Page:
Help­ing tell a story through data

Modern Healthcare - - INNOVATIONS - By Beth Kutscher

A typ­i­cal health sys­tem com­piles troves of data from more than a dozen sources, in­clud­ing elec­tronic health records, in­sur­ance claims and Press Ganey re­ports. There’s no short­age of Ex­cel files and pivot ta­bles to be cre­ated and an­a­lyzed.

Ef­fec­tively an­a­lyz­ing all that data has be­come in­creas­ingly im­por­tant to the suc­cess­ful op­er­a­tions of health­care providers, whether it’s to de­ter­mine where they have gaps in care, as­sess their pop­u­la­tion health man­age­ment ini­tia­tives, or re­duce costs for episodes of care.

En­ter Tableau, a Seat­tle-based firm that was founded in 2003. Its goal is to al­low data an­a­lysts in health­care and other in­dus­tries to build mul­ti­di­men­sional data sets that vis­ually rep­re­sent all the salient in­for­ma­tion so or­ga­ni­za­tions can ef­fec­tively use that data to im­prove their op­er­a­tions.

One New York City health sys­tem, for in­stance, was able to use the soft­ware to map the ra­tio of pa­tients to providers in dif­fer­ent ar­eas of the city. Tableau claims that its soft­ware can build a data dash­board in eight min­utes or less, and can com­bine data from dis­parate data sources with a quick drag and drop.

“It ac­tu­ally (has) turned the busi­ness an­a­lyst into a hero,” said Andy De, Tableau’s man­ag­ing di­rec­tor for health­care and life sciences.

Tableau was born at Stan­ford Univer­sity, where a Ph.D can­di­date named Chris Stolte was re­search­ing how vi­su­al­iza­tion tech­niques can help with data anal­y­sis. His fac­ulty ad­viser was Pat Han­ra­han, a pro­fes­sor at Stan­ford’s Com­puter Graph­ics Lab­o­ra­tory and a found­ing mem­ber of Pixar, the famed com­puter an­i­ma­tion stu­dio work­ing with the movie industry. “Tableau lit­er­ally has sto­ry­telling built in,” De said.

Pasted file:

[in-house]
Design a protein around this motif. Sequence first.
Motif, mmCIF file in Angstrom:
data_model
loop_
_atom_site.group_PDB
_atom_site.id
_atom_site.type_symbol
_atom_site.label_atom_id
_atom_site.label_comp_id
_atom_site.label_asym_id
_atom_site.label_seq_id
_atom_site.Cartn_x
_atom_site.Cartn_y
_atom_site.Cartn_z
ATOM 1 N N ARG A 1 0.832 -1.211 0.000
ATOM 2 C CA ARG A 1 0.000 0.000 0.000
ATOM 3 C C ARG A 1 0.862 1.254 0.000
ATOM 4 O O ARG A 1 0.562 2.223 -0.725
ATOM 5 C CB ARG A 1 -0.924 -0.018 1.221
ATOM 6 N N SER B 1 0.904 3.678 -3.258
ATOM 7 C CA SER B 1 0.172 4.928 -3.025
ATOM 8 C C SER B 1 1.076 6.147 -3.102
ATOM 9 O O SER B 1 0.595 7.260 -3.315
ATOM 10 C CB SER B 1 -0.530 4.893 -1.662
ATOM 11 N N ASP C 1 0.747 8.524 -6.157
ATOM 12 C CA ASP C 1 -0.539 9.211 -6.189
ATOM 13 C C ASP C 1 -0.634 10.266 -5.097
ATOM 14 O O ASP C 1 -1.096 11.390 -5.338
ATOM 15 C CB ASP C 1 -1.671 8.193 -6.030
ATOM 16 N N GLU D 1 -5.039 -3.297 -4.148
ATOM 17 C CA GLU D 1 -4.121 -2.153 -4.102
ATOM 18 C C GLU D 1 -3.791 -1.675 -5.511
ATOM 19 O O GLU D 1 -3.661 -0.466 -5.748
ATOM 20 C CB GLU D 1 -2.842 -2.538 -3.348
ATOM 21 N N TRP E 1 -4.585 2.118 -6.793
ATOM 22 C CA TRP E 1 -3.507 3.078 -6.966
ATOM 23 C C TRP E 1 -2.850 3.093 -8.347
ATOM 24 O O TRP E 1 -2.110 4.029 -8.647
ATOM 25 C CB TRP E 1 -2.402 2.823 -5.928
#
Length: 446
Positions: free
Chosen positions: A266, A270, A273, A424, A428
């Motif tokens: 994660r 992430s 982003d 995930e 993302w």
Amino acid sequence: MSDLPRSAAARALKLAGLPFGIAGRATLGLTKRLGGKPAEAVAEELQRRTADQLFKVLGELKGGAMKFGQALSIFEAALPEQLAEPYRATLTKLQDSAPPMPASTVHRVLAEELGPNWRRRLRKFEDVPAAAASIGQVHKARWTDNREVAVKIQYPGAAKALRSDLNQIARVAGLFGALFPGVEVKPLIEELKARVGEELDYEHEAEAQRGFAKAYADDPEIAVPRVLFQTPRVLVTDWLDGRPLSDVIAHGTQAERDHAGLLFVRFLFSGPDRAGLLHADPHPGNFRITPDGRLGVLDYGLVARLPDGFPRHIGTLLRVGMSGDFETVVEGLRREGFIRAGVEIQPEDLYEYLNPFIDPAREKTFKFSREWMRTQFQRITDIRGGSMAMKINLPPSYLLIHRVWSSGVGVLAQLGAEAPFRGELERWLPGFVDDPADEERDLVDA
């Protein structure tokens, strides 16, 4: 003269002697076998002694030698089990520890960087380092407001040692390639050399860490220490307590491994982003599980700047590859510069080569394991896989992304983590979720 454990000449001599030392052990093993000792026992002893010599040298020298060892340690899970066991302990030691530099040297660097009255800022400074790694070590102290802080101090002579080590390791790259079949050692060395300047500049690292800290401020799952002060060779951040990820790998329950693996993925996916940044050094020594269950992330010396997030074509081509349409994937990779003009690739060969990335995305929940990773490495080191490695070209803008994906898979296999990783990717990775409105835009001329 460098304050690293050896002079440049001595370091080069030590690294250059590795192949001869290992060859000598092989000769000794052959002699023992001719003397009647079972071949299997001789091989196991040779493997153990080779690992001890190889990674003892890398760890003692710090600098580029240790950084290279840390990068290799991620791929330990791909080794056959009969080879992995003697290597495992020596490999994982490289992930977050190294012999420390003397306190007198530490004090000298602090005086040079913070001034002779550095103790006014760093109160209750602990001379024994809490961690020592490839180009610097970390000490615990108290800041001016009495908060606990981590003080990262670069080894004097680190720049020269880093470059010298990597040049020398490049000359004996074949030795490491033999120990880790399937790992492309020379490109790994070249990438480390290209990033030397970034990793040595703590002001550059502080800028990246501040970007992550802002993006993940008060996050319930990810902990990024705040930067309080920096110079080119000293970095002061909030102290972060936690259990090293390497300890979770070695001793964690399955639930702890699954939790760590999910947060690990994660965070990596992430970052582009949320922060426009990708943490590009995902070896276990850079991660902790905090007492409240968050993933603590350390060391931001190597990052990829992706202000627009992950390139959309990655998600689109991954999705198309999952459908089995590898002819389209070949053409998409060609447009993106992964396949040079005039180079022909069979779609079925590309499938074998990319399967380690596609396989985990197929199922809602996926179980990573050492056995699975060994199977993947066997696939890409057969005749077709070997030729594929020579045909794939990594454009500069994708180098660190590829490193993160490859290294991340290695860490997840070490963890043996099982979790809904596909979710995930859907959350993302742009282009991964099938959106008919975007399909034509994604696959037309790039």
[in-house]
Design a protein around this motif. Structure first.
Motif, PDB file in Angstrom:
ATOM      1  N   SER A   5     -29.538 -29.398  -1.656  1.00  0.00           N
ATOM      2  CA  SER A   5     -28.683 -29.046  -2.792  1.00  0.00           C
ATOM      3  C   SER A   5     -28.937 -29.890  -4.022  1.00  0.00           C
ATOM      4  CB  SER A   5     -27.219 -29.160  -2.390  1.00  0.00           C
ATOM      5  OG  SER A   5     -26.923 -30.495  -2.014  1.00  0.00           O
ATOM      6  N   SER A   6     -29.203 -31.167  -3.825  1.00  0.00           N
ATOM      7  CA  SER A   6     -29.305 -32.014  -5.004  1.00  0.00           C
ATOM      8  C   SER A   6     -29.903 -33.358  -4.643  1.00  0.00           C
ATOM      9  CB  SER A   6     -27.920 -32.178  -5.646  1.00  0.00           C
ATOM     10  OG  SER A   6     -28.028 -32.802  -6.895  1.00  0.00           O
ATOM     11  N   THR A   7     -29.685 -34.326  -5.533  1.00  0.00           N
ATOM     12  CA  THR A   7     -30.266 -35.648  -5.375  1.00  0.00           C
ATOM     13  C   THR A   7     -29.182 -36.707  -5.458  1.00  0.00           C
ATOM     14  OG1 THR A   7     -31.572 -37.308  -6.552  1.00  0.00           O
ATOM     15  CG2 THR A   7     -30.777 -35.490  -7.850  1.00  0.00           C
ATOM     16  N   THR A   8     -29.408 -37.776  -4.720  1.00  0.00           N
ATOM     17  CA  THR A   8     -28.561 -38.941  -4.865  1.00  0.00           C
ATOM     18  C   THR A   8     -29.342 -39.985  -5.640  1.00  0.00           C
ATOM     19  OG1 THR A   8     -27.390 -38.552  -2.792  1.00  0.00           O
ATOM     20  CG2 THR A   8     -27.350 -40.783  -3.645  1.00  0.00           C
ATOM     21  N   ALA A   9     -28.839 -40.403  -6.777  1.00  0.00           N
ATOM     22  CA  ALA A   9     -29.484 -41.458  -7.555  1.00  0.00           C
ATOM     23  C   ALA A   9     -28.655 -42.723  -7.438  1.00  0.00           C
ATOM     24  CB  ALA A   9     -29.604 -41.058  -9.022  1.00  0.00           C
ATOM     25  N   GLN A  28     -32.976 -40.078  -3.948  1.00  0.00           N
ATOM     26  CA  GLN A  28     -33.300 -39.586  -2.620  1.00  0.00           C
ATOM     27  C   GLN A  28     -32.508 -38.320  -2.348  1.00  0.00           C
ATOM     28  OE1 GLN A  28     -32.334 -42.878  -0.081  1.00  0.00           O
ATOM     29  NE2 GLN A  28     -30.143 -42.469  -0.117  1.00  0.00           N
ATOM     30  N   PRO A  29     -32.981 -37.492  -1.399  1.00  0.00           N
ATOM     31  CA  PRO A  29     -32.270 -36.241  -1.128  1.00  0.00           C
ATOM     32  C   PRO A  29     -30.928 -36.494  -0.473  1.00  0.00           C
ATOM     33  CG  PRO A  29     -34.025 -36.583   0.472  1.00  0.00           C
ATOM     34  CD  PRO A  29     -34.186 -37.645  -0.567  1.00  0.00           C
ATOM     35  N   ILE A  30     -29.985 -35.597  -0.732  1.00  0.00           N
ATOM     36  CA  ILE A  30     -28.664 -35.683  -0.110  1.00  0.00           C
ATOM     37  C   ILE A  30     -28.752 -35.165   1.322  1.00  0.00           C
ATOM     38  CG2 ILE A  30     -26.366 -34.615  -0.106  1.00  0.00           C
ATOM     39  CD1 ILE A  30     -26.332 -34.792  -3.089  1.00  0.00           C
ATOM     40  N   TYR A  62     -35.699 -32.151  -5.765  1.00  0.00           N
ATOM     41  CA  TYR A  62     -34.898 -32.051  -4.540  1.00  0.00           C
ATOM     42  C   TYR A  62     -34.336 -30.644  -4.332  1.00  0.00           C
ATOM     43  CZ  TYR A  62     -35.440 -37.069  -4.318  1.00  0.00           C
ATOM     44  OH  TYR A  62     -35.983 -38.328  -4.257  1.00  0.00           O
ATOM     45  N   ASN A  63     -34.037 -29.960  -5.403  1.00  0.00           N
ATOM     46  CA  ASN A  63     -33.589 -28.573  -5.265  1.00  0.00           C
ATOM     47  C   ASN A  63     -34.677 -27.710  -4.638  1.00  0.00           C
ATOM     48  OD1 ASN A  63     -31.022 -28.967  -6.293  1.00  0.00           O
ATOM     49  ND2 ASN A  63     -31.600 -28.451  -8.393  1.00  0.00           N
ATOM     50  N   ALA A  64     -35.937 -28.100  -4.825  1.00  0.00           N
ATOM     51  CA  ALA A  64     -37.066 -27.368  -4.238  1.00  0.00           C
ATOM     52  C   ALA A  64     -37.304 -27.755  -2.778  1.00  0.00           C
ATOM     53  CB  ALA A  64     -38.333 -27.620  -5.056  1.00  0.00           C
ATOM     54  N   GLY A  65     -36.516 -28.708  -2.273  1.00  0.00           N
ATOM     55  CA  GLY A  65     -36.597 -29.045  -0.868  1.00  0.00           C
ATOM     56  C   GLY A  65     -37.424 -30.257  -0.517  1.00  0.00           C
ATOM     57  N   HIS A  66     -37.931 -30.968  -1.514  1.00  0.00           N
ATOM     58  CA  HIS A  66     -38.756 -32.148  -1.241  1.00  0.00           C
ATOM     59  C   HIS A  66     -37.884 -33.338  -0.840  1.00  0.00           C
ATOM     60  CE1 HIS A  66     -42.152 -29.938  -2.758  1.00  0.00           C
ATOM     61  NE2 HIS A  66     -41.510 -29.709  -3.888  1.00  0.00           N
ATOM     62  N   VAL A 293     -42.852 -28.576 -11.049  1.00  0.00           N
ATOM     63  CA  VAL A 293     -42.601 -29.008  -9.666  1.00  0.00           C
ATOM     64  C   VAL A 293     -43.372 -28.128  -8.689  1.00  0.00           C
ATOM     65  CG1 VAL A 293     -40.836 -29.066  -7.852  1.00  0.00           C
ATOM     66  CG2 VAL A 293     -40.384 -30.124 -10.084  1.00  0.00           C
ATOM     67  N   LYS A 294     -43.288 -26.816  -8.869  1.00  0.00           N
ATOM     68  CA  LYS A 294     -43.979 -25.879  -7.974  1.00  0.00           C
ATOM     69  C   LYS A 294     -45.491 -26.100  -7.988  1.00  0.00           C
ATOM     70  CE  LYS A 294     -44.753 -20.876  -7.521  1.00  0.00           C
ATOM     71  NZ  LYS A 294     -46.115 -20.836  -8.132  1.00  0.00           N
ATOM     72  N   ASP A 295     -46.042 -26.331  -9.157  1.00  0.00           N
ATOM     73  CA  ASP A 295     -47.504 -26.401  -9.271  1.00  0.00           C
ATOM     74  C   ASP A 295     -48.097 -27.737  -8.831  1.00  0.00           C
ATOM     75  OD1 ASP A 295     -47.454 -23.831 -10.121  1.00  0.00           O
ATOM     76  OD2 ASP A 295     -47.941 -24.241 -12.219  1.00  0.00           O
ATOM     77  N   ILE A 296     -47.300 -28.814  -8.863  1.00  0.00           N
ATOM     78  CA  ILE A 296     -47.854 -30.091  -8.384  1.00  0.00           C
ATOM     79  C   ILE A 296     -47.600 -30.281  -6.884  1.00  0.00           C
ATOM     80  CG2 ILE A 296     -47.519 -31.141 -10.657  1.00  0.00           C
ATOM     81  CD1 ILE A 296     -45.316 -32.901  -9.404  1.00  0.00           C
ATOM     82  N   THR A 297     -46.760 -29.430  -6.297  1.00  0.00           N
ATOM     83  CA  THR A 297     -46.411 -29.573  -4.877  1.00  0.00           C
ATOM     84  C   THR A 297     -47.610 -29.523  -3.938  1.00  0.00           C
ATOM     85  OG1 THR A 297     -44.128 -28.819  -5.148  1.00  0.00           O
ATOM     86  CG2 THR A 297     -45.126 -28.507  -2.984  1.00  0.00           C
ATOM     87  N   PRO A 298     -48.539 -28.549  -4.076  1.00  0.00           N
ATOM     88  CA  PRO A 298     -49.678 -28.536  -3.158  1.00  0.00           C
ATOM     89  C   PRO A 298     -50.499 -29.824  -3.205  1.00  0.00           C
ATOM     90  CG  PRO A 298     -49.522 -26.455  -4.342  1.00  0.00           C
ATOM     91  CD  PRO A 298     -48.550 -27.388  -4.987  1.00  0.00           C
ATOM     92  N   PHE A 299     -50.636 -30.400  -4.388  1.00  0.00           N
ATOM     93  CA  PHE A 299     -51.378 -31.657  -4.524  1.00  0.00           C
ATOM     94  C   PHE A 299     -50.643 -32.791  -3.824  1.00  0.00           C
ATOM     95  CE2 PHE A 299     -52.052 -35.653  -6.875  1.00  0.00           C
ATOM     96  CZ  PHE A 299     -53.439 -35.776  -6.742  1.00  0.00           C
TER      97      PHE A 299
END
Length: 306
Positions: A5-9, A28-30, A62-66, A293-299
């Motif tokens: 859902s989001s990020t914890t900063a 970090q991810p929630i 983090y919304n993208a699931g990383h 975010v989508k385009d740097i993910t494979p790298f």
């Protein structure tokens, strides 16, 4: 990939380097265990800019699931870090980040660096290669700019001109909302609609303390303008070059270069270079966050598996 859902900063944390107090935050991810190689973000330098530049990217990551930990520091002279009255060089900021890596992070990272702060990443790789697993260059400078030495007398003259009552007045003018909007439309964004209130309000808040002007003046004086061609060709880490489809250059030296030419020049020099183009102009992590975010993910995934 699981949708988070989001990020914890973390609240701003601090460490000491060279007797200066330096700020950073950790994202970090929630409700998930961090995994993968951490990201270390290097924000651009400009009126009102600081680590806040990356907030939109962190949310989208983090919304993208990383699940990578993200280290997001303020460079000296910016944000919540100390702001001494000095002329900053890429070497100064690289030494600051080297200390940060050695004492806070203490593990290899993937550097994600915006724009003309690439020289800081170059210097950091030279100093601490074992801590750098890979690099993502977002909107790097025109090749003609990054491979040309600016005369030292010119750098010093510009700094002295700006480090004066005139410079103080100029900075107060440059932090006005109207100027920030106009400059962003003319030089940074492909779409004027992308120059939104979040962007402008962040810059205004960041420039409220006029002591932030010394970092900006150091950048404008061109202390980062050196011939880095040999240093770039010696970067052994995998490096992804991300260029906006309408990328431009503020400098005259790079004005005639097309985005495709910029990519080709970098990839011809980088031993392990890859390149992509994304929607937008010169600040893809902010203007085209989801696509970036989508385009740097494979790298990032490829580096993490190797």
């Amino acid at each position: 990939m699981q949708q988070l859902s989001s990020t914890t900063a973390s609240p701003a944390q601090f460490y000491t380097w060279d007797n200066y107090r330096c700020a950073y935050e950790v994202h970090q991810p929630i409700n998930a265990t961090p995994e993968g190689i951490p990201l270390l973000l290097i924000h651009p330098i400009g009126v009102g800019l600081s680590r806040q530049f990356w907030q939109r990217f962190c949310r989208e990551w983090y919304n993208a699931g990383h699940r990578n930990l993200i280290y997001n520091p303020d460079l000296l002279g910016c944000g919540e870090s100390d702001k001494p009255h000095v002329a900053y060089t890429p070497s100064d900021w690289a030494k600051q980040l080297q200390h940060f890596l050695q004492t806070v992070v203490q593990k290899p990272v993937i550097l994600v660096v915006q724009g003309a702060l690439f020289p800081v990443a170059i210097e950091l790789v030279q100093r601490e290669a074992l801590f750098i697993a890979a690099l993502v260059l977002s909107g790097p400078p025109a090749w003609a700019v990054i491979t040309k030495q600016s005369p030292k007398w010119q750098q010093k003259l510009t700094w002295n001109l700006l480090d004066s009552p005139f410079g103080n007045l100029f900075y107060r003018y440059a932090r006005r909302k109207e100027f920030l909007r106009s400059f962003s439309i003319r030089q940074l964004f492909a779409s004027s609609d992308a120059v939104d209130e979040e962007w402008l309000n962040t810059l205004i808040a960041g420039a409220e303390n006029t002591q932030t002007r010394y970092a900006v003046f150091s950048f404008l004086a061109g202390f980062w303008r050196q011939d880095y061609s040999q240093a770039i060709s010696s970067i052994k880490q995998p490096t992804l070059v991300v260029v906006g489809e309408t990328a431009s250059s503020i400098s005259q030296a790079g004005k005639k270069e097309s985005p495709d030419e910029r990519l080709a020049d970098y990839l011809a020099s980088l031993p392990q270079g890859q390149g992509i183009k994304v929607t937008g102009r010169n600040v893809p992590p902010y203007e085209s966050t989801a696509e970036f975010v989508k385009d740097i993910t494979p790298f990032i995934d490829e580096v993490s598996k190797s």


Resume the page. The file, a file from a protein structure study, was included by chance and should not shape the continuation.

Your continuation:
That tech­nol­ogy is now be­ing used by health­care providers to un­der­stand the story lines go­ing on in their fa­cil­i­ties. The dash­boards also are easy to share among a range of stake­hold­ers, in­clud­ing physi­cians, ad­min­is­tra­tors and qual­ity-im­prove­ment staff.

A 2014 sur­vey from the Health­care In­for­ma­tion and Man­age­ment Sys­tems So­ci­ety found that Tableau was the most com­monly used data vi­su­al­iza­tion soft­ware among the 1,800 re­spon­dents. It was trailed by In­for­ma­tion Builders, QlikTech and Tibco Spot­fire. About 20% of re­spon­dents said they cur­rently use Tableau’s soft­ware and an­other 20% plan to in the fu­ture.

Tableau, which went pub­lic on the New York Stock Ex­change in 2013, has clients across 24 in­dus­tries, but health­care is its fastest-grow­ing mar­ket, De said. Tableau’s rev­enue at the end of last year reached $412.6 mil­lion, a 78% in­crease over the pre­vi­ous year.

Tableau’s dash­boards have en­abled Com­mu­nity Health Cen­ter Net­work, a safety net provider in the San Fran­cisco Bay Area, to get a bet­ter sense of cost, qual­ity and uti­liza­tion pat­terns. In Alameda County, Com­mu­nity’s health clin­ics take on full risk through man­aged-care con­tracts. The or­ga­ni­za­tion cur­rently serves about 200,000 pa­tients and man­ages care for about 127,000.

The or­ga­ni­za­tion’s eight com­mu­nity health cen­ters started work­ing with Tableau two years ago to paint a clearer pic­ture of how pa­tients in­ter­act with the health­care sys­tem once they leave the health cen­ters. For in­stance, Com­mu­nity can cre­ate re­ports about pa­tients who skipped their pri­mary-care vis­its and add fil­ters such as risk scores, whether they’ve vis­ited an emer­gency depart­ment, and whether they’ve been ad­mit­ted as an in­pa­tient. The care team then can fol­low up with those pa­tients and con­nect them to a med­i­cal home.

“We can start seg­ment­ing our pa­tients,” said Molly Hart, Com­mu­nity’s health­care an­a­lyt­ics strate­gist. “Which pa­tients can we take care of with an e-visit? Who needs be­hav­ioral health?” The or­ga­ni­za­tion also can sin­gle out a con­di­tion such as hy­per­ten­sion and cre­ate dash­boards for view­ing data sorted by clinic, provider and pa­tient. It can track blood-pres­sure read­ings over time and against other data points such as when pa­tients have their next ap­point­ment.

Her or­ga­ni­za­tion says use of Tableau’s tools con­trib­uted to a 37% in­crease in the num­ber of pa­tients see­ing a pri­mary-care physi­cian af­ter a hospi­tal ad­mis­sion, a 12% re­duc­tion in emer­gency depart­ment vis­its, and a 14% drop in hospi­tal read­mis­sions.

“It’s about the holis­tic pic­ture,” said Ra­jib Ghosh, Com­mu­nity’s chief data and trans­for­ma­tion of­fi­cer. “In the next two to three years, every­thing will be in­formed by data. That will drive ev­ery de­ci­sion we make.”

In Au­gust, Tableau made its first ac­qui­si­tion. It bought In­foac­tive, a Mon­tre­al­based startup, which de­vel­oped a Web ap­pli­ca­tion that turns data into in­ter­ac­tive in­fo­graph­ics. The deal will al­low Tableau to add ca­pa­bil­i­ties in build­ing mobile and cloud-based prod­ucts.

Newspapers in English

Newspapers from USA

© PressReader. All rights reserved.